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If, then, the most noted of the philosophers, observing the riddle of the Divine in inanimate and incorporeal objects, have not thought it proper to treat any thing with carelessness or disrespect, even more do I think that, in all likelihood, we should welcome those peculiar properties existent in natures which possess the power of perception and have a soul and feeling and character. It is not that we should honour these, but that through these we should honour the Divine, since they are the clearer mirrors of the Divine by their nature also, so that we should regard them as the instrument or device of the God who orders all things. And in general we must hold it true that nothing inanimate is superior to what is animate, ana nothing without the power of perception is superior to that which has that power - no, not even if one should heap together all the gold and emeralds in the world. The Divine is not engendered in colours or in forms or in polished surfaces, but whatsoever things have no share in life, things whose nature does not allow them to share therein, have a portion of less honour than that of the dead. But the nature that lives and sees and has within itself the source of movement and a knowledge of what belongs to it and [p. 181] what belongs to others, has drawn to itself an efflux and portion of beauty from the Intelligence ‘by which the Universe is guided,’ as Heracleitus1 has it. Wherefore the Divine is no worse represented in these animals than in works of bronze and stone which are alike subject to destruction and disfiguration, and by their nature are void of all perception and comprehension. This, then, is what I most approve in the accounts that are given regarding the animals held in honour.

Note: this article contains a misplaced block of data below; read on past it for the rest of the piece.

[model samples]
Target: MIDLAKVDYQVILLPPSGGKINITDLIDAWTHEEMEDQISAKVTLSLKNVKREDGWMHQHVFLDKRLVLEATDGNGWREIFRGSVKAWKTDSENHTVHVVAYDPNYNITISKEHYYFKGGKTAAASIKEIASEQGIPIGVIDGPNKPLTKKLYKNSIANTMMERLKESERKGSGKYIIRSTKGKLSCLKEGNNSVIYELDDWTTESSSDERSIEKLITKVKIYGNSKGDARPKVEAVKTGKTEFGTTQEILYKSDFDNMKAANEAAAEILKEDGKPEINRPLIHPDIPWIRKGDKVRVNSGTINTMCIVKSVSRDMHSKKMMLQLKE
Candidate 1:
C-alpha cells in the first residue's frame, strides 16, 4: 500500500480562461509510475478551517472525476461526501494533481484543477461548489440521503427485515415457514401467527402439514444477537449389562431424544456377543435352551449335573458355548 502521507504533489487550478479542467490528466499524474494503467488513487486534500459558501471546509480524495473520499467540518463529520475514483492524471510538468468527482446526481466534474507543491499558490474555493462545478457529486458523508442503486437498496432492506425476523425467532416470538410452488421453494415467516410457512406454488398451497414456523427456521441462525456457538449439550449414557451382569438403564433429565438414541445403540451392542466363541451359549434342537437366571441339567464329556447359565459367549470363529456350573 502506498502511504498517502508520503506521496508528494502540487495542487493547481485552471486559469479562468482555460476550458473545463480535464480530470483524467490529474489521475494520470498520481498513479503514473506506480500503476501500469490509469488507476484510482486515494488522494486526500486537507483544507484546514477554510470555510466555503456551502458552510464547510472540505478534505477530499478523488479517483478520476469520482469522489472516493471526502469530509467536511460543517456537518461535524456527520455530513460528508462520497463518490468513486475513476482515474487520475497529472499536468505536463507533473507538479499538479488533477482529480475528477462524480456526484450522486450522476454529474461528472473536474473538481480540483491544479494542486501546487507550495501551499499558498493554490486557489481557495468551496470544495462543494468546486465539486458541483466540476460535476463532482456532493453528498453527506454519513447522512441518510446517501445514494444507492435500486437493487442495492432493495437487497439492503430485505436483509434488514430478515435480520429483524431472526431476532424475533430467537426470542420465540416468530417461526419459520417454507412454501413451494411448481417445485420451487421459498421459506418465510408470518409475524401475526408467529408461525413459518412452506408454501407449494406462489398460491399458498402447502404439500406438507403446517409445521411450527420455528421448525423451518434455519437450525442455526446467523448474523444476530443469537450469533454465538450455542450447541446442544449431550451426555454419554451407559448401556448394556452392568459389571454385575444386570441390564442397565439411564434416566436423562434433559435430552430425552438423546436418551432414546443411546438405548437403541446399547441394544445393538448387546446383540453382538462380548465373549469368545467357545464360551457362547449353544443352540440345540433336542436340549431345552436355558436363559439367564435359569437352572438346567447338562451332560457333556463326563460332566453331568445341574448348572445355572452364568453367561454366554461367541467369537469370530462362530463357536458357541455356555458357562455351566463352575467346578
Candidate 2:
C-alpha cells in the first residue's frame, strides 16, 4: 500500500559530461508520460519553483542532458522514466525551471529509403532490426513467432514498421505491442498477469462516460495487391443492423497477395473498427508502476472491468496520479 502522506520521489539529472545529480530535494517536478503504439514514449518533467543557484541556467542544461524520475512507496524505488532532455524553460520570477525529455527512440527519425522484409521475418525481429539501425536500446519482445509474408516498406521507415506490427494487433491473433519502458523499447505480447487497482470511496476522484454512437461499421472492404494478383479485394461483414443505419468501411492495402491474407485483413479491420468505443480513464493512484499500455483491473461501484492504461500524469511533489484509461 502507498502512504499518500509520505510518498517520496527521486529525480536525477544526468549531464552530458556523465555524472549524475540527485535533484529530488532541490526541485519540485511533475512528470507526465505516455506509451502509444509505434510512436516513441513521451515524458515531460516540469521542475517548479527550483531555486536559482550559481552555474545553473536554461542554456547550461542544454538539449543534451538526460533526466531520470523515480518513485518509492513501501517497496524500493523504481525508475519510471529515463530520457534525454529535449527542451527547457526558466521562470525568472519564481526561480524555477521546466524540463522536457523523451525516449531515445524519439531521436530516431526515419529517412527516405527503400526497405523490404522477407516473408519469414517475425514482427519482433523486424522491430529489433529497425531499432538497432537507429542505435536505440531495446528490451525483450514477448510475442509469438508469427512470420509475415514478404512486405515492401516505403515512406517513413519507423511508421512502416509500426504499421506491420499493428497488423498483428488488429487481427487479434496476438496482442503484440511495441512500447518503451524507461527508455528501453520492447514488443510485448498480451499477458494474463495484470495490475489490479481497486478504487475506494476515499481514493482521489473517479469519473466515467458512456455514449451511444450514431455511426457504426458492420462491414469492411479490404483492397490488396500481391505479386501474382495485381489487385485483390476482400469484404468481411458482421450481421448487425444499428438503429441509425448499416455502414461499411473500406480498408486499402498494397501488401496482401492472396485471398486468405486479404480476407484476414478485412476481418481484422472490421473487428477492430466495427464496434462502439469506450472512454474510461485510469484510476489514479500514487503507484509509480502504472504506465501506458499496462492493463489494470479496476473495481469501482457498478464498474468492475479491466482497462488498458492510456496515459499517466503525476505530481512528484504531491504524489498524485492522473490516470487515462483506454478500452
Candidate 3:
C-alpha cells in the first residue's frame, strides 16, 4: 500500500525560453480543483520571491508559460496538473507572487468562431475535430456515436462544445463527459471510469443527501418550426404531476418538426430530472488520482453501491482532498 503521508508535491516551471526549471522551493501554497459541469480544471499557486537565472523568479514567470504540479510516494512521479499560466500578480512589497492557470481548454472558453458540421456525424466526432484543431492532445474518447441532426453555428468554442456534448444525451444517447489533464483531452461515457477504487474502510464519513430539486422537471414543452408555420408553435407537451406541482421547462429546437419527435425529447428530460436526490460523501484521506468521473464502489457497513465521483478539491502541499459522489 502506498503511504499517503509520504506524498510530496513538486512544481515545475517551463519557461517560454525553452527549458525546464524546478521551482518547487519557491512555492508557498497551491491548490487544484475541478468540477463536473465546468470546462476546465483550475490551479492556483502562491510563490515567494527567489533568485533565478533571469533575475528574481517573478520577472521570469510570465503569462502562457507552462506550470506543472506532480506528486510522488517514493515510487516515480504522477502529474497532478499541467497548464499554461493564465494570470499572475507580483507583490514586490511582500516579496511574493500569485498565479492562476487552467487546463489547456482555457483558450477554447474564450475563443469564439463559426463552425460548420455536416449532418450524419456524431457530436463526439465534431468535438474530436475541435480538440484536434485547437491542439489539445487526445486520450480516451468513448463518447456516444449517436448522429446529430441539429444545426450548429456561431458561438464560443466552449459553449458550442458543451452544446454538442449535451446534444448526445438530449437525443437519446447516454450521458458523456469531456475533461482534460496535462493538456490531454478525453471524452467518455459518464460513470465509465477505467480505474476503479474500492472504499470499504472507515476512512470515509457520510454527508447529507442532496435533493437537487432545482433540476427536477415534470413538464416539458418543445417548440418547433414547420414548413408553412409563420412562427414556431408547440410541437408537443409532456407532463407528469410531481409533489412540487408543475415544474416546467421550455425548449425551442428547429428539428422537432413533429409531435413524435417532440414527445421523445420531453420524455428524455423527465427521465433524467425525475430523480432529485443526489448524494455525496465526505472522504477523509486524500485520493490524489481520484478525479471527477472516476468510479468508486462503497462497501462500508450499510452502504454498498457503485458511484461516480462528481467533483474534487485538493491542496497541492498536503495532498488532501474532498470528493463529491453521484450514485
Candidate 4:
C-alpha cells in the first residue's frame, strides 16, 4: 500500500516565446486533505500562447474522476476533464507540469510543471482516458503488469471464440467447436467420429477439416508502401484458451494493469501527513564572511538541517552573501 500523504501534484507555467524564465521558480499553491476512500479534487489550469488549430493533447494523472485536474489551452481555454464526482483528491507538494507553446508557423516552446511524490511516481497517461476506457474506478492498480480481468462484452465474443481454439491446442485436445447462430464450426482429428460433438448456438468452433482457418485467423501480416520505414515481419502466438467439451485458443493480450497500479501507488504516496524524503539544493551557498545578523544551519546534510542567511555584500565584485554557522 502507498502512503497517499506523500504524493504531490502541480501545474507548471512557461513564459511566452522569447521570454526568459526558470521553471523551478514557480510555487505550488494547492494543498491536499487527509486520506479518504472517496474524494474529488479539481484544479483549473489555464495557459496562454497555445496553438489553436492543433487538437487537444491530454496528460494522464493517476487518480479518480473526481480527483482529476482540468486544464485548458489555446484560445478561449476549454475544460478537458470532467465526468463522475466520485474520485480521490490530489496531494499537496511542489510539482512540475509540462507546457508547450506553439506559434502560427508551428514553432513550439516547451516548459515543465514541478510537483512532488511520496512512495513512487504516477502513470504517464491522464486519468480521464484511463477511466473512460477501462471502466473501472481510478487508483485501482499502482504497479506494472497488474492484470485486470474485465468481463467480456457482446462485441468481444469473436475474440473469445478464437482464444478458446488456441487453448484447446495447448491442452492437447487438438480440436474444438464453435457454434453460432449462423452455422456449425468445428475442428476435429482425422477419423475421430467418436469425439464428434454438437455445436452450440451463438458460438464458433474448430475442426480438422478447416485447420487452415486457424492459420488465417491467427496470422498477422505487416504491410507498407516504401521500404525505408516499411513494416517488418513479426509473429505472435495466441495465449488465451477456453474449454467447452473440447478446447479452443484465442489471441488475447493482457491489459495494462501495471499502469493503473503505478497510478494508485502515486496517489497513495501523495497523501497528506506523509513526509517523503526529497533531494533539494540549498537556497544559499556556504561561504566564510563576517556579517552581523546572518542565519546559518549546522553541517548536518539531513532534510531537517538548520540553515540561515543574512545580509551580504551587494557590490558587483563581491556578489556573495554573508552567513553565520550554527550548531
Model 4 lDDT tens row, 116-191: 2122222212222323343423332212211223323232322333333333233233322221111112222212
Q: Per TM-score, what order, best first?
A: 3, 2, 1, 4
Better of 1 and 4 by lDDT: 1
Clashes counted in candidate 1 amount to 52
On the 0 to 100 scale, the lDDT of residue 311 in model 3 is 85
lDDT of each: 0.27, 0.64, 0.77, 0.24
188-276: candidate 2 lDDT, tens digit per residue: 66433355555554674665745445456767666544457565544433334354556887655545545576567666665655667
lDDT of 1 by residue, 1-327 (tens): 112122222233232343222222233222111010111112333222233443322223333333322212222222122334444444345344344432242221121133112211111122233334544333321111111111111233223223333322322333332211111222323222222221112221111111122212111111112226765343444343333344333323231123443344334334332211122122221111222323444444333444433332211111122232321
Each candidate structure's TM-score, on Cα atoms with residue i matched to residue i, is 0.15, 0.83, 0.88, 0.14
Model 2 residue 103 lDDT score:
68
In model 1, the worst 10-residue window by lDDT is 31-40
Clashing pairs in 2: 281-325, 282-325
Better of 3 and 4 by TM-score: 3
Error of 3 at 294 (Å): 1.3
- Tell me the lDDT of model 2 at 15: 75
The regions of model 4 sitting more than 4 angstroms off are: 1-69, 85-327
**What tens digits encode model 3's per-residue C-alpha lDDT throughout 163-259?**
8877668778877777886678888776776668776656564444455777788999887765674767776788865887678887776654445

1 Diels, Fragmente der Vorsokratiker, i. 86, Heracleitus, no. b 41.